# Thread: problems with entering a char when an input is specified as a float

1. ## problems with entering a char when an input is specified as a float

I'm trying to make a function work without the possibility of an infinite loop. The function has two inputs: an operator and one operand and returns a sum. The inputs would look like -8 or *7 for example. The problem I have is if I enter in a "--" instead of -8, it will go to an infinite loop.

Code:
```#include <iostream>
#include <cmath>
using namespace std;

void repeat(char, float, float&);
float operand1, sum ;
int SENTINEL;
char operator1;

int main()
{
sum = 0;
do
{
cout << "enter asterisk or minus sign and a number" << endl;

cin >> operator1 >> operand1;

if ((operator1 == '-')||(operator1 == '*'))  //if-statement #1
repeat(operator1, operand1, sum);

if ((operator1 == '='))
SENTINEL = 1;

cout << "Total = " << sum << endl;

} while (SENTINEL != 1);

return 0;
}

void repeat(char choice, float z, float& total)
{
switch (choice)
{
case '-':
total -= z;
break;

case '*':
total *= z;
break;

case '+':			//shouldn't be able to add if... if-statement #1 is working correctly
total += z;
break;

}

}```

In the version below, I added another do-while statement to repeat the inputs if a positive number wasn't entered in for the operand. The outcome of this is it doesn't do the infinite loop, but just stops letting you enter in the operator and operand.

Code:
```#include <iostream>
#include <cmath>
using namespace std;

void repeat(char, float, float&);
float operand1, sum ;
int SENTINEL;
char operator1;

int main()
{
sum = 0;
do
{
cout << "enter asterisk or minus sign and a number" << endl;

do{
cin >> operator1 >> operand1;
}while (!(operand1 > 0));

if ((operator1 == '-')||(operator1 == '*'))  //if-statement #1
repeat(operator1, operand1, sum);

if ((operator1 == '='))
SENTINEL = 1;

cout << "Total = " << sum << endl;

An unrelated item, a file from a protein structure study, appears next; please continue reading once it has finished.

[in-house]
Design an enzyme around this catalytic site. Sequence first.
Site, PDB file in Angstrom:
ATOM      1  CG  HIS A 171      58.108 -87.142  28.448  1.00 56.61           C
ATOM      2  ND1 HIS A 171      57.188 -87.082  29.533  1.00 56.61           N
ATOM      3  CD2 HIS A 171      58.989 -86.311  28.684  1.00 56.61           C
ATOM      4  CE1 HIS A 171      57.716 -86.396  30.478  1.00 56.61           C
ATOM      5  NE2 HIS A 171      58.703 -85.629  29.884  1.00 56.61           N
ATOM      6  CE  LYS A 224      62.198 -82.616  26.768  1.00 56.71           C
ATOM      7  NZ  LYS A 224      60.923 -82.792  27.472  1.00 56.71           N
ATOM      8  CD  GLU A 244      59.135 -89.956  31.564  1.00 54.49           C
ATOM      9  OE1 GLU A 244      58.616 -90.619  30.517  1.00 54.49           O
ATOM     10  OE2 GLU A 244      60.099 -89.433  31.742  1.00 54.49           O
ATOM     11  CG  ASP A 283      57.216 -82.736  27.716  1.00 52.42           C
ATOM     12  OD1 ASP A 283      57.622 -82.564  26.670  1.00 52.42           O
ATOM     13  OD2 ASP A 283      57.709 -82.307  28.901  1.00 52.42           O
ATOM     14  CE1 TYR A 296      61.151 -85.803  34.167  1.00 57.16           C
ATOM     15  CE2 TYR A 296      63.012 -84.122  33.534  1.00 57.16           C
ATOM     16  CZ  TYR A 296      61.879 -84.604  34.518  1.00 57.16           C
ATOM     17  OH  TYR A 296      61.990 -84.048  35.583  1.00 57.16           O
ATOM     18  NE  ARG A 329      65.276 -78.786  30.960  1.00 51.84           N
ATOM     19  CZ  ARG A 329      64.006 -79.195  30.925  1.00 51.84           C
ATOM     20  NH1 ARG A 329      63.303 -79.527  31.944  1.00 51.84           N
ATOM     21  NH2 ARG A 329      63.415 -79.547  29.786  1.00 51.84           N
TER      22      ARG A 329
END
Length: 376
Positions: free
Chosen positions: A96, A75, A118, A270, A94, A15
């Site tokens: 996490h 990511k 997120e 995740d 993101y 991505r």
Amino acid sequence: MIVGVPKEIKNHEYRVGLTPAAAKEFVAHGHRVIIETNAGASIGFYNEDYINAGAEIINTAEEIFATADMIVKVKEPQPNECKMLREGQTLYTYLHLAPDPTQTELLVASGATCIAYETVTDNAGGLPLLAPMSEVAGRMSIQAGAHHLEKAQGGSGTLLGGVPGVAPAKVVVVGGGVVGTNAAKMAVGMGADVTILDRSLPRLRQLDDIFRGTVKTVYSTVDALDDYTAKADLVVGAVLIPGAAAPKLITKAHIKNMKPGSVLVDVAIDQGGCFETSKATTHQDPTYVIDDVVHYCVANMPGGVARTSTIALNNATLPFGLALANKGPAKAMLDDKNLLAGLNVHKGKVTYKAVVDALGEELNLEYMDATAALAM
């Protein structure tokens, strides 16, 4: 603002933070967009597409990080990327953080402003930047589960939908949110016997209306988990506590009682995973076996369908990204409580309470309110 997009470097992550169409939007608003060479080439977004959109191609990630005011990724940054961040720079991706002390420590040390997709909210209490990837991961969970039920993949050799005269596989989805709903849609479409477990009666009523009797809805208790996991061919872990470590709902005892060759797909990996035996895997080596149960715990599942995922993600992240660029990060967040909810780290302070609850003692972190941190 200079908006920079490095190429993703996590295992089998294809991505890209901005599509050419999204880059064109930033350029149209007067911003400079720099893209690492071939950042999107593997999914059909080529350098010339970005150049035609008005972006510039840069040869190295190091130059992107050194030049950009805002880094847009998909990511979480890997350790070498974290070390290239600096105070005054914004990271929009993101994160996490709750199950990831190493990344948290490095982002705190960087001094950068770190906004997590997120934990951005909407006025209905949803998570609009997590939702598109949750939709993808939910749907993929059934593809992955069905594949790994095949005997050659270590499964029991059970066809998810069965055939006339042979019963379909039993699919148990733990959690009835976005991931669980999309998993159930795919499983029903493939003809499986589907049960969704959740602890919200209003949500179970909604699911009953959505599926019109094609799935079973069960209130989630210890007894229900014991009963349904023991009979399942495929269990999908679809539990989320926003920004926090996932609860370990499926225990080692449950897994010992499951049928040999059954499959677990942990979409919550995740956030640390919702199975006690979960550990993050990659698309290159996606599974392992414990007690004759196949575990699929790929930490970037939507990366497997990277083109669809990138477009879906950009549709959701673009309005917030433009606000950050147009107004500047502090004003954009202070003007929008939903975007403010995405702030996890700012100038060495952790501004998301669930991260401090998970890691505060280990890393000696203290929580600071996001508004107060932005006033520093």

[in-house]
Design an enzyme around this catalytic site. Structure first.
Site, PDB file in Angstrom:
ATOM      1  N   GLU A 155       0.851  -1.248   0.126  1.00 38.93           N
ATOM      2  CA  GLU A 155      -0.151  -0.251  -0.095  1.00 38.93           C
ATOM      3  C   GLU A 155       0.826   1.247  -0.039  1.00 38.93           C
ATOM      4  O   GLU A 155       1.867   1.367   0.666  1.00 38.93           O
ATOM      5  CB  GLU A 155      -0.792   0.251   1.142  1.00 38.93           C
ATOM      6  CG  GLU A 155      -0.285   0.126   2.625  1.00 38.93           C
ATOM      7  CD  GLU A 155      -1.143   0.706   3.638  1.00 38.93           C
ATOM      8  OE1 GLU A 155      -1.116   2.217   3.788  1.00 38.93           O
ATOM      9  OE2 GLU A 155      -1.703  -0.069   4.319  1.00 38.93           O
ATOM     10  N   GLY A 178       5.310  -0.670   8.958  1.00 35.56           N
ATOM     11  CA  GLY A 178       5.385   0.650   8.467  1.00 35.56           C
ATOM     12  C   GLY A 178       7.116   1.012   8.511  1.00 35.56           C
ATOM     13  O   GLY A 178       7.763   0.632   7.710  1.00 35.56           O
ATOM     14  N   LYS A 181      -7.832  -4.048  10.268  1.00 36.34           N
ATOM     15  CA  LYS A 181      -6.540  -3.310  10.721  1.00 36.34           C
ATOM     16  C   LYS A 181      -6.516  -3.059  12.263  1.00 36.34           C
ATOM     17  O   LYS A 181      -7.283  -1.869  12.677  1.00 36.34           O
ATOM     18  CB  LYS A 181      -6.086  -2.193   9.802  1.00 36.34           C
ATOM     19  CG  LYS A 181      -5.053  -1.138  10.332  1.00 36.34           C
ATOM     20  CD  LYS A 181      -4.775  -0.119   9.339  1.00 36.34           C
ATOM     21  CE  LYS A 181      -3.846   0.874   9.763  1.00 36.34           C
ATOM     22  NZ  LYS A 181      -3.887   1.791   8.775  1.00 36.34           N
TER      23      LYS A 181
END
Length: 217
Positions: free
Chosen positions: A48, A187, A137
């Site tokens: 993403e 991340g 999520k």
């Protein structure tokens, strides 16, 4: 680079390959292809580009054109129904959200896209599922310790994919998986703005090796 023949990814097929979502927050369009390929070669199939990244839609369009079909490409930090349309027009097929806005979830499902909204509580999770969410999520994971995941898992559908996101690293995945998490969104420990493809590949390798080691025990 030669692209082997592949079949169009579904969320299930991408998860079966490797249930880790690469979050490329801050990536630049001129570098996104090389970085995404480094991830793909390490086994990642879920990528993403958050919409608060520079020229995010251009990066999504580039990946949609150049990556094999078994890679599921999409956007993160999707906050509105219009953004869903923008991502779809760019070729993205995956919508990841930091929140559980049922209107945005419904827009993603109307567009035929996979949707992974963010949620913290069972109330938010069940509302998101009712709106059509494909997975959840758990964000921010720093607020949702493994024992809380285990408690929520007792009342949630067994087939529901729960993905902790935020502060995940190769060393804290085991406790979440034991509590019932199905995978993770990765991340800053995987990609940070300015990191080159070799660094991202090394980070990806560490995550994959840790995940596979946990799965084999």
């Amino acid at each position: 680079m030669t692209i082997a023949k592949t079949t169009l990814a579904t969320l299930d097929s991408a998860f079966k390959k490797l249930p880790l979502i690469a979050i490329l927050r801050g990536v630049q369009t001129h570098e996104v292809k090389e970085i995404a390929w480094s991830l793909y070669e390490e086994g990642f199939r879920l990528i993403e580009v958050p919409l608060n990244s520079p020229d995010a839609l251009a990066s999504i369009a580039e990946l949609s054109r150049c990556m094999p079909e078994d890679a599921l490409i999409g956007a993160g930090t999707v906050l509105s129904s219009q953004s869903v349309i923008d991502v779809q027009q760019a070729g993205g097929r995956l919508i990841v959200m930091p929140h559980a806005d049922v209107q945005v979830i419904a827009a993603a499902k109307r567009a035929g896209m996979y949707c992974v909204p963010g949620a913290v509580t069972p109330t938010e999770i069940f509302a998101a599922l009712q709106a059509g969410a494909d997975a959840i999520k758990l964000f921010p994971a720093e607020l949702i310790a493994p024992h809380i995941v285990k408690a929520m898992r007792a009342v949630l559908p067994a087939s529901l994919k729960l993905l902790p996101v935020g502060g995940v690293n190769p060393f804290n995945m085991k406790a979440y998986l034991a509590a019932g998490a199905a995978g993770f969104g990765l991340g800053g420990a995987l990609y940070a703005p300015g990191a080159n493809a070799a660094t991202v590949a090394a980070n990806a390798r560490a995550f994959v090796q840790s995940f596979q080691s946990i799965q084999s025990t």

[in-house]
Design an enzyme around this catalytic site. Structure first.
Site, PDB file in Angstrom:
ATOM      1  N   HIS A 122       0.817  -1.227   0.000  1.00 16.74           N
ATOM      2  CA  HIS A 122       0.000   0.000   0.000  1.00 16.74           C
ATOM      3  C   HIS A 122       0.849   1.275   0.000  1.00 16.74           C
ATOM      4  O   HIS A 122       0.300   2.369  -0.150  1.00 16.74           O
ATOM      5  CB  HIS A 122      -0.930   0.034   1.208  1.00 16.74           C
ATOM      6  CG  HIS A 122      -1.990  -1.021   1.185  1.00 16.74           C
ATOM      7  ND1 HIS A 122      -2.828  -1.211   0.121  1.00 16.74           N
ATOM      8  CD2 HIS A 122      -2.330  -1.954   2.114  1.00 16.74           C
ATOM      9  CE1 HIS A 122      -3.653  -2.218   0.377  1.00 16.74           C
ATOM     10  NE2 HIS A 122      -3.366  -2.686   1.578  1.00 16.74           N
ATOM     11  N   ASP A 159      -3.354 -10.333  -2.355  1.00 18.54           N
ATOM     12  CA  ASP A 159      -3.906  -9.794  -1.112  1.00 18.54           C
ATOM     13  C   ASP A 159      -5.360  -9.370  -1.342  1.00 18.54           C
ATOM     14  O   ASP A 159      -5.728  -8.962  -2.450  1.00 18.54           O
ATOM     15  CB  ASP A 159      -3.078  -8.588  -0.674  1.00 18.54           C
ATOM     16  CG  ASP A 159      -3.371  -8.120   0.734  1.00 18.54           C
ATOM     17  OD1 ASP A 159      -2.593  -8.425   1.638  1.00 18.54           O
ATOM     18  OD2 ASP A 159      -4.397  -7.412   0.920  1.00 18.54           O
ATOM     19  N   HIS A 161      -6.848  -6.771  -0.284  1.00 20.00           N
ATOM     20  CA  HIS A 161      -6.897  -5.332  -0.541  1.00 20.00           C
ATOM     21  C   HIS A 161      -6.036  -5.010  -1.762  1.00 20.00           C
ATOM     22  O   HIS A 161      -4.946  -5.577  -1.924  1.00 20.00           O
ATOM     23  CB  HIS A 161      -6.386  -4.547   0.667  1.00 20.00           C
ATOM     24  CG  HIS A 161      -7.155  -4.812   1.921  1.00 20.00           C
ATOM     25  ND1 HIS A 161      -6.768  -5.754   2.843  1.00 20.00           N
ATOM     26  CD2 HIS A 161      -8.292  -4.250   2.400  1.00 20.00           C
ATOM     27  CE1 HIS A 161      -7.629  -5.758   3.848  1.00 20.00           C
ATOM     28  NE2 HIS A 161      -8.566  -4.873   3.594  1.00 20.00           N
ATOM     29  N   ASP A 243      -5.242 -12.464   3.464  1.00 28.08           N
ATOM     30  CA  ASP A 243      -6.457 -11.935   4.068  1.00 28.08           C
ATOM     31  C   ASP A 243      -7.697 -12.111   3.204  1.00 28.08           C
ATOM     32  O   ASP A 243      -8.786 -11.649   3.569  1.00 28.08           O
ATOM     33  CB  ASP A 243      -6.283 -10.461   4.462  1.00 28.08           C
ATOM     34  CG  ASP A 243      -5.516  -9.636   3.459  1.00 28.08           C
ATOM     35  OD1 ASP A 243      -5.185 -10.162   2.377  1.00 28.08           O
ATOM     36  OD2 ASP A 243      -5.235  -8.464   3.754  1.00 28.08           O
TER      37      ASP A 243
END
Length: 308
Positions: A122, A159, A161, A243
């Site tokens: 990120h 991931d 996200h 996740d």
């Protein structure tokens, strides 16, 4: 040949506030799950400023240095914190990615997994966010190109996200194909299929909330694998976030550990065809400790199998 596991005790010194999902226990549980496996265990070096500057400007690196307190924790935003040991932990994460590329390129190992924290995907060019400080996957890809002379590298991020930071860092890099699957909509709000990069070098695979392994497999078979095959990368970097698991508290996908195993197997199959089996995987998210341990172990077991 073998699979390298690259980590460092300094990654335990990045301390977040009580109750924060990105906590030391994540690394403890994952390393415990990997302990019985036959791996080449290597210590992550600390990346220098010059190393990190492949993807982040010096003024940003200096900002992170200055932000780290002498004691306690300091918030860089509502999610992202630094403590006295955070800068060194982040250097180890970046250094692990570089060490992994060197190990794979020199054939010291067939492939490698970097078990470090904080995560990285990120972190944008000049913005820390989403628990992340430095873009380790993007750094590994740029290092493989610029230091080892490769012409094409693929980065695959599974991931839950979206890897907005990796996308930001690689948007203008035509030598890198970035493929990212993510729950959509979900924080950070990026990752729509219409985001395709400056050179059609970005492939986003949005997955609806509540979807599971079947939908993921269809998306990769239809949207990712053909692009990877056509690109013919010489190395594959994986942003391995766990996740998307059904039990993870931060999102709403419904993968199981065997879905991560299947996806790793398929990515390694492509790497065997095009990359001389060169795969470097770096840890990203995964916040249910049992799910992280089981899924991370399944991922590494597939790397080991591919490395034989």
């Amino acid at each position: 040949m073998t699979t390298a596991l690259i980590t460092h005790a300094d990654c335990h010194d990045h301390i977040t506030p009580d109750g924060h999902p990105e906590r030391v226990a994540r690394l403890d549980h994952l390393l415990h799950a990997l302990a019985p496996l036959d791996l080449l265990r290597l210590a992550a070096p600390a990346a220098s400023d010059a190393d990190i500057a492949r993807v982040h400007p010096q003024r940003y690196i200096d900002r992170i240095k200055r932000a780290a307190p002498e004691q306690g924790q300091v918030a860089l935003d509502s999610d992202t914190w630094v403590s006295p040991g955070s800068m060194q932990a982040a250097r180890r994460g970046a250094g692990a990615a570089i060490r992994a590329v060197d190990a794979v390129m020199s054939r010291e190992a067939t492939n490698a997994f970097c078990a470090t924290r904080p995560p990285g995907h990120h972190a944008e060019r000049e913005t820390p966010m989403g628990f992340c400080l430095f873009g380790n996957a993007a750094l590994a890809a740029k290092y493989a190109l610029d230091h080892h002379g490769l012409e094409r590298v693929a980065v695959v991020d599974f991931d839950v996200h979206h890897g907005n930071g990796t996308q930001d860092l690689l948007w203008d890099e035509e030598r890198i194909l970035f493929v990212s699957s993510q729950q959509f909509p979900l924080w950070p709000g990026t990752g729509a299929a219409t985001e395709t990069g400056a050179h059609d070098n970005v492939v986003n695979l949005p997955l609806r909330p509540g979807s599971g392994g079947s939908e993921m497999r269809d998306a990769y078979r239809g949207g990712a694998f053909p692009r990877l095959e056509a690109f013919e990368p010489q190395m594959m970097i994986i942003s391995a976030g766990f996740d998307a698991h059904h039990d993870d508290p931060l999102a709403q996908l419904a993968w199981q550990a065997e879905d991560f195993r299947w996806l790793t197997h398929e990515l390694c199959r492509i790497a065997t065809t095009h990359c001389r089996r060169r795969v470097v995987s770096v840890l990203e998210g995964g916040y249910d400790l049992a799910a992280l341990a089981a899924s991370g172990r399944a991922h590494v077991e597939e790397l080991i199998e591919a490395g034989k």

} while (SENTINEL != 1);

return 0;
}

void repeat(char choice, float z, float& total)
{
switch (choice)
{
case '-':
total -= z;
break;

case '*':
total *= z;
break;

case '+':			//shouldn't be able to add if... if-statement #1 is working correctly
total += z;
break;

}

}```

With either of these versions it lets me enter in random numbers like 74 or 12 (and no operators) and the loop repeats once. What I would like to be able to do is enter in two random characters like -- or %@ and have the loop repeat just once as well to re-enter the inputs. Any ideas?

2. Code:
```while (!(cin >> value))
{
cin.clear(); // clear the fail state
cin.ignore(1000, '\n'); // ignore bad characters (1000 is arbitrary)
cout << "you failed, please try again: "; // re-prompt
}```
The above loop will run until the user enters the proper value. You can integrate it into your program and it should allow you to do what you want.

(Note that it won't catch it if somebody types 23abc, but if you want to handle that there is an easy addition to do so.)

3. well, I'm not sure how to use it. Haven't seen the (cin >> value) line before. I was thinking "value" was going to be a reserved word for filtering any number, but doesn't appear so.

I'm reading up on the clear function and seems like a.clear clears what is in a, but when I substituted the identifier operand1 it didn't work out.

4. Originally Posted by Brian_Jones
I'm reading up on the clear function and seems like a.clear clears what is in a, but when I substituted the identifier operand1 it didn't work out.
It clears the error flags of a, if a is a std::istream like std::cin.

5. Gotcha, that makes sense. I don't really have the know-how to integrate it into my code though.
I haven't used the notation of "std::istream like std::cin" because the way I was taught was to use the "using namespace std;"...

6. "value" was just a generic variable name, in your code it would probably be "operand1".

>> I haven't used the notation of "std::istream like std::cin" because the way I was taught was to use the "using namespace std;"...

laserlight is just saying that the clear function works on any istream type. If you don't know what that means, then maybe a simpler explanation would be that it applies to cin. When cin reads in a bad value (like when you type a letter and it expects a number) it gets into a bad state. Calling clear() clears the flag that marks cin as bad so you can continue using it.